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How can the past help people in the present and the future?

The timeline teaches us that if people have overcome adversity in the past then there may be lessons that can be learned from that

Looking closely at the timeline it is apparent that Jennifer has overcome a number of difficult circumstances.

How can the timeline help Jennifer cope with her depression and her generalized anxiety disorder (worry) symptoms? Take a few moments to record your own reflections on the above.

The timeline teaches us that if people have overcome adversity in the past then there may be lessons that can be learned from that. This is the way that timelines are linked to wisdom in a personal sense. It is not the presence of challenging life events or even having overcome adversity that makes us wise and gives us lifeskills, it is the way that we use that experience. World renowned Psychologist, Robert Sternberg says experience does not develop wisdom, “Rather, one’s ability to profit from and utilize one’s experience in a reflective and directed way is what determines how wisdom develops.”

This is an important idea for how the timeline enables us to help people use their past to help themselves cope better in the here and now.

Timelines facilitate a process of reflection and self-discovery that enables wisdom to develop. It is much more effective for an individual to discover that when they look back on their life a surprising new narrative of strength and resilience develops. If the therapist were to say to Jennifer, “I think you are strong and have overcome much adversity”, “I am inspired by how you manage”, Jennifer is likely to discount this as the therapist being ‘nice’ and being a ‘paid helper’ whose job it is to say such things.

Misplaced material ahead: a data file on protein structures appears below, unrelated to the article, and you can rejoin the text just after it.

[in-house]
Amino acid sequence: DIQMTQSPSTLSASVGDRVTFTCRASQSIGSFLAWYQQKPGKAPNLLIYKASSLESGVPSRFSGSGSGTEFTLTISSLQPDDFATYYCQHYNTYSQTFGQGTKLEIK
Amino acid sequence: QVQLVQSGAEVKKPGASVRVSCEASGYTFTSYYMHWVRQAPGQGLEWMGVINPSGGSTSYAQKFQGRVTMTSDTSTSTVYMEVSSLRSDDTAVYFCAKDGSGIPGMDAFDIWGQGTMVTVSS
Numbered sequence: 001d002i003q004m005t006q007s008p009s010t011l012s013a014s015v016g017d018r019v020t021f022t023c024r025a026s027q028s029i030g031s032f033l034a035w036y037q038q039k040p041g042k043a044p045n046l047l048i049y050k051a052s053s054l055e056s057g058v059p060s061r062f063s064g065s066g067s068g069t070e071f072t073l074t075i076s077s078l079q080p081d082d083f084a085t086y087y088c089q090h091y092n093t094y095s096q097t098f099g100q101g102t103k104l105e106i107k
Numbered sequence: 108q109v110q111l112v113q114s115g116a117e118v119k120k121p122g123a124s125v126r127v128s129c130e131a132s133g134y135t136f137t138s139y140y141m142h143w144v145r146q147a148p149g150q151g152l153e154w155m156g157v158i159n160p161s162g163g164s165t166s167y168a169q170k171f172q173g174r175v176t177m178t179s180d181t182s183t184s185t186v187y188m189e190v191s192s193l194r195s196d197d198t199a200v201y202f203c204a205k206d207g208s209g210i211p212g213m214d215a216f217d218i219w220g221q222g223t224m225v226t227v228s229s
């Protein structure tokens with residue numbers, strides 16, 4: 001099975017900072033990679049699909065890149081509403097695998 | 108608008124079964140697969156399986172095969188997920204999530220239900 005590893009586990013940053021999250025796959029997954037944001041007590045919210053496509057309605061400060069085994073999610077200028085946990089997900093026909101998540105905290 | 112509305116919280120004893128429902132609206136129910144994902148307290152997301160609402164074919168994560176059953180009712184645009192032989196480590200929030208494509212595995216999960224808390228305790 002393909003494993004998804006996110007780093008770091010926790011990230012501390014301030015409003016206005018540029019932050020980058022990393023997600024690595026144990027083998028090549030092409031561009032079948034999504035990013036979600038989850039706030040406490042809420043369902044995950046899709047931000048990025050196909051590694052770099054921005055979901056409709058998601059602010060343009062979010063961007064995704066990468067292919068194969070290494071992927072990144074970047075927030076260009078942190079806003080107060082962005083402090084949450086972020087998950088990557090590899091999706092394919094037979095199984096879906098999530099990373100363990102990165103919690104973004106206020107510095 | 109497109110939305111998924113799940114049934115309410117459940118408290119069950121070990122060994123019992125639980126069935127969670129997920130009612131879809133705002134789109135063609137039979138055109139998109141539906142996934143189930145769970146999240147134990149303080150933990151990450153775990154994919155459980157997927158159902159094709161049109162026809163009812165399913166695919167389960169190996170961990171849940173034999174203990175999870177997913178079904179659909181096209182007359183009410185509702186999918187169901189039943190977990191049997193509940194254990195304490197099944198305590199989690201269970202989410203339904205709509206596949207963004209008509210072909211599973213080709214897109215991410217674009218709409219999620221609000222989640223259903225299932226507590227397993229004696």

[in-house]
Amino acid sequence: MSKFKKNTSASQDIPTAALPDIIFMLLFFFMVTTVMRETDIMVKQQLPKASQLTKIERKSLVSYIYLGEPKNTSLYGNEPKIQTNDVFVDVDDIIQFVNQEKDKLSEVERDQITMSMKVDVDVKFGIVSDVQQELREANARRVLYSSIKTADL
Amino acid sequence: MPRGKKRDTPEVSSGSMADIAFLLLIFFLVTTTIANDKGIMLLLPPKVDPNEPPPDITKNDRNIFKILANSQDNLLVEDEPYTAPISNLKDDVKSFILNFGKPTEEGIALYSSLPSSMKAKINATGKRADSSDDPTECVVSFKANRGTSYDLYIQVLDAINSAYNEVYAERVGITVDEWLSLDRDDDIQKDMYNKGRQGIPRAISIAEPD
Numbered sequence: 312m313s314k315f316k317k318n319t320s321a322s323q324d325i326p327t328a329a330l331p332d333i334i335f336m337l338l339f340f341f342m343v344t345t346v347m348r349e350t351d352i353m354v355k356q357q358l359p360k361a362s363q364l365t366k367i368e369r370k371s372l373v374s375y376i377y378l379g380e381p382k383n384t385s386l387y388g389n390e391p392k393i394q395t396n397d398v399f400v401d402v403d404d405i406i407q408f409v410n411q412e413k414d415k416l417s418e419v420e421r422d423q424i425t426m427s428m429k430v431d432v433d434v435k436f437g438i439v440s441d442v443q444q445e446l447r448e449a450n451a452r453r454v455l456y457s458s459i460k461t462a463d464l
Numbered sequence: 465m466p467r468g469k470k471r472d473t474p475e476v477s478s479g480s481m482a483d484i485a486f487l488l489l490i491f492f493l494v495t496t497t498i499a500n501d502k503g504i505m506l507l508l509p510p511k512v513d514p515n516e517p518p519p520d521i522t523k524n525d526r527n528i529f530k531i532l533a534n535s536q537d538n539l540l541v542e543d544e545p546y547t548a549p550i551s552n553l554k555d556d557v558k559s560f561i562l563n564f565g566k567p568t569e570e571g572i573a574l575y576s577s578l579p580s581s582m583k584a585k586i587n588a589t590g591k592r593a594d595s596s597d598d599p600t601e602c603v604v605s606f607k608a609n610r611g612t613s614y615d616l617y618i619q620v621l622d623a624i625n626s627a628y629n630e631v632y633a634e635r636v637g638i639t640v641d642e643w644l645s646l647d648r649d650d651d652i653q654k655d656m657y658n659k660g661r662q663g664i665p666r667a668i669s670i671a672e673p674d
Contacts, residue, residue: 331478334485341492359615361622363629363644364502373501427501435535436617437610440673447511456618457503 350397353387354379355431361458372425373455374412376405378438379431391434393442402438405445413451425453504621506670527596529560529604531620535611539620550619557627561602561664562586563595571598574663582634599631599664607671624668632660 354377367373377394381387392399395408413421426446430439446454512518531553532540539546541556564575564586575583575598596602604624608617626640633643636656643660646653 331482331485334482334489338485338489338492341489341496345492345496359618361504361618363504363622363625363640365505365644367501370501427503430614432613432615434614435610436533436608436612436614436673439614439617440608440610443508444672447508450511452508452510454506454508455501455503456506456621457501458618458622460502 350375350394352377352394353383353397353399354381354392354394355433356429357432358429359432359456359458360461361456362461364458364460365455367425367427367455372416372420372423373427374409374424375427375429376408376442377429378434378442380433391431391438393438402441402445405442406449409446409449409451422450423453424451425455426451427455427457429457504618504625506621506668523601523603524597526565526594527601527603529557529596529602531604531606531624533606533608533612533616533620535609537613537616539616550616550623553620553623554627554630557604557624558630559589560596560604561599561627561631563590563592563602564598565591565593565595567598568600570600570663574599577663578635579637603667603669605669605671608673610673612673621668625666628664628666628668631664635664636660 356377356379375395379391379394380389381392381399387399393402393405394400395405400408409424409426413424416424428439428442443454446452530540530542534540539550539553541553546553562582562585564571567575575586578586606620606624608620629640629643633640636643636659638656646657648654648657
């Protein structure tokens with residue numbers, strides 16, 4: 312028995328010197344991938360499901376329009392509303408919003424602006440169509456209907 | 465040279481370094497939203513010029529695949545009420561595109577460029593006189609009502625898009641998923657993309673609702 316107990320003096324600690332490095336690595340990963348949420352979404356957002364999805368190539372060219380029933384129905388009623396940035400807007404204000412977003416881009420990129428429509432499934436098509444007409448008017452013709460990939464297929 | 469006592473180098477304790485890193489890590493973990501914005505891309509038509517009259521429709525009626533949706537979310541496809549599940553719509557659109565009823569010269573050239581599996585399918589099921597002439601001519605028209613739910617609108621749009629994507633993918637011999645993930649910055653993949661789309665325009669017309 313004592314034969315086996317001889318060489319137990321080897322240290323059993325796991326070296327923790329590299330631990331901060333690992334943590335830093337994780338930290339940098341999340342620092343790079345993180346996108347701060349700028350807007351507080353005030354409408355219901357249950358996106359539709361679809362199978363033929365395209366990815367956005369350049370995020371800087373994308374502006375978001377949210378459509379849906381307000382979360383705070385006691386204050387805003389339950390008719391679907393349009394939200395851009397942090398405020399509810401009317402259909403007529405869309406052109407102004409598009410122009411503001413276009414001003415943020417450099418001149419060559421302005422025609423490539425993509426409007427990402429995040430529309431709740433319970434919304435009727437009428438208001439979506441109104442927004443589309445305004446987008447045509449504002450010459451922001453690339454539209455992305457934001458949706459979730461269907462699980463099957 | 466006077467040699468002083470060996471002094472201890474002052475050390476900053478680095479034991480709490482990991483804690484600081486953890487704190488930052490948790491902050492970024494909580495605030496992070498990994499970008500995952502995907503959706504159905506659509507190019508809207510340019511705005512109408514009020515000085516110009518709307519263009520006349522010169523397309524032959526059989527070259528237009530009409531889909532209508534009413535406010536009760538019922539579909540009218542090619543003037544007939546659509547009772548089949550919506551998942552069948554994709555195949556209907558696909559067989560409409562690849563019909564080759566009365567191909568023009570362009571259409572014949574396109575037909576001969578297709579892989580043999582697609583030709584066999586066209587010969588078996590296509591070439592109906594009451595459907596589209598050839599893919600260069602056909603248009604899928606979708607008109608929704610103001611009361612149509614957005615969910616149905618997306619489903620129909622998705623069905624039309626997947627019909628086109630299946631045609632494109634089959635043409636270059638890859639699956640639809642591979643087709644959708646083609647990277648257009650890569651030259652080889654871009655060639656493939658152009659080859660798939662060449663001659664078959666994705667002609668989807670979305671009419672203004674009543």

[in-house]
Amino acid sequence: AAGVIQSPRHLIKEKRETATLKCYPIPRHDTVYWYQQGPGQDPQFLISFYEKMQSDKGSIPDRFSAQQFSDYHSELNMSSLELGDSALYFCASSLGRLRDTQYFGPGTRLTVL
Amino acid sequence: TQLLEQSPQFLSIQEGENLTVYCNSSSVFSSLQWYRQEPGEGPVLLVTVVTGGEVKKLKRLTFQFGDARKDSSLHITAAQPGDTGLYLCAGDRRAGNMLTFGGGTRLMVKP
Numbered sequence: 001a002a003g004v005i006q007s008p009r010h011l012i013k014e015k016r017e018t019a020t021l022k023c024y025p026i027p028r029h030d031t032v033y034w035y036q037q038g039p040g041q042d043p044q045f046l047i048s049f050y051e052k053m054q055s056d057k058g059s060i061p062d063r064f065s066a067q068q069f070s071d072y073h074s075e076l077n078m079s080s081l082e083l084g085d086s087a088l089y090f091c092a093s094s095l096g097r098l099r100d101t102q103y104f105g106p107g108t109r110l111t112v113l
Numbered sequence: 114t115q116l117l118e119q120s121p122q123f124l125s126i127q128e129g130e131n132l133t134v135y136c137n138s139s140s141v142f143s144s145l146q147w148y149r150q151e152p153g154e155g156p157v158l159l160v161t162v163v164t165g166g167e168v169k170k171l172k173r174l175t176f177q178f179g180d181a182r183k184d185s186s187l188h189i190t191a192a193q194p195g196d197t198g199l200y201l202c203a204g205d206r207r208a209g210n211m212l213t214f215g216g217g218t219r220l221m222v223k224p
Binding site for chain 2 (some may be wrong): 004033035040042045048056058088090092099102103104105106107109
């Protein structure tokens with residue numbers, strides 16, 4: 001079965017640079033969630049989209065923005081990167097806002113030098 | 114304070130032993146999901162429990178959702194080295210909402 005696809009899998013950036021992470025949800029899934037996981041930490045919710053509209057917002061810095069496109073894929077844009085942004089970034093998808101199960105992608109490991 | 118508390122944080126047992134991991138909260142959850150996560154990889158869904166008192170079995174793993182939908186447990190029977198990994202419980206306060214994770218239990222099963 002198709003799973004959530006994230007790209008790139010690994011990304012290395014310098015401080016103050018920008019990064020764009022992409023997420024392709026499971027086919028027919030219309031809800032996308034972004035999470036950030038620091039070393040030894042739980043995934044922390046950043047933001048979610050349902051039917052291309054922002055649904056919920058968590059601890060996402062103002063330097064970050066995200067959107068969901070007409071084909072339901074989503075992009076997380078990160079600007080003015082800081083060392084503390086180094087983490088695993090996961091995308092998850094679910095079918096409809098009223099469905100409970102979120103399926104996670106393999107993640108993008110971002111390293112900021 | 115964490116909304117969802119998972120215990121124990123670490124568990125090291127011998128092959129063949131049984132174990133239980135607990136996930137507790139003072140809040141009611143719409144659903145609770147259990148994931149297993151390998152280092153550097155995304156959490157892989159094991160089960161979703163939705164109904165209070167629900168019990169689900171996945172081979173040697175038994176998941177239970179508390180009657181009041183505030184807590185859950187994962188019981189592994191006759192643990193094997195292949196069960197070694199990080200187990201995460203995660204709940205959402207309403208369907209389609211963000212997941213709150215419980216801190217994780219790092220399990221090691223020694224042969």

In the case of the timeline, Jennifer did reach a new understanding and develop a new relationship with herself as she looked at life events from a fresh perspective. On leaving therapy, Jennifer had this to say, “I could use the problems which I have experienced through my life to help me deal with stressful periods which may occur in the present or future.”

How has this happened? This has happened as we utilize cognitive restructuring as part of the timeline exploration of challenging life events.

This is an additional video, hosted on YouTube.

The following questions can be asked when exploring a person’s timeline:

  • When examining a life event on a timeline: looking back on that now, what does that tell you about yourself?
  • Events from the timeline can be used to help people with difficult decisions: Have you been in a similar position in the past? If so how did that turn out? How does this help you?
  • Enhancing sense of resilience: If you could somehow go back in time, as you are now and talk to your younger self, what would you say to yourself about how you coped?
  • Encouraging Self-acceptance/compassion: In the past, in times of crisis how, and in what way, has being self-critical been helpful to you.
  • Realist appraisal of coping: Looking back at this timeline, what do you learn from dealing with crises? What does that tell you?

Timelines can powerfully challenge a way a person thinks about themselves based on a factual recall of difficult life circumstances. For example, lets return to Jennifer’s case example. She lost her husband suddenly and without warning. Yet she coped by carrying on each day and caring for her children. She survived and although her view is that she was weak and poorly functioning at the time, evidence contradicts this view.

This is an additional video, hosted on YouTube.

In this provocative clip you can see that the therapist is using the person’s past to challenge the individual’s present view of themselves as weak. Asking the person to think about what prediction they would have made in advance of a traumatic event often makes the person stop and reflect. In this event, Jennifer would have predicted she would not have coped at all. With the benefit of time passing, it is possible to observe what actually happened and what the person actually did in the aftermath of this difficult life event. It helps the person come to a new appraisal.

This article is from the free online

CBT with Older People

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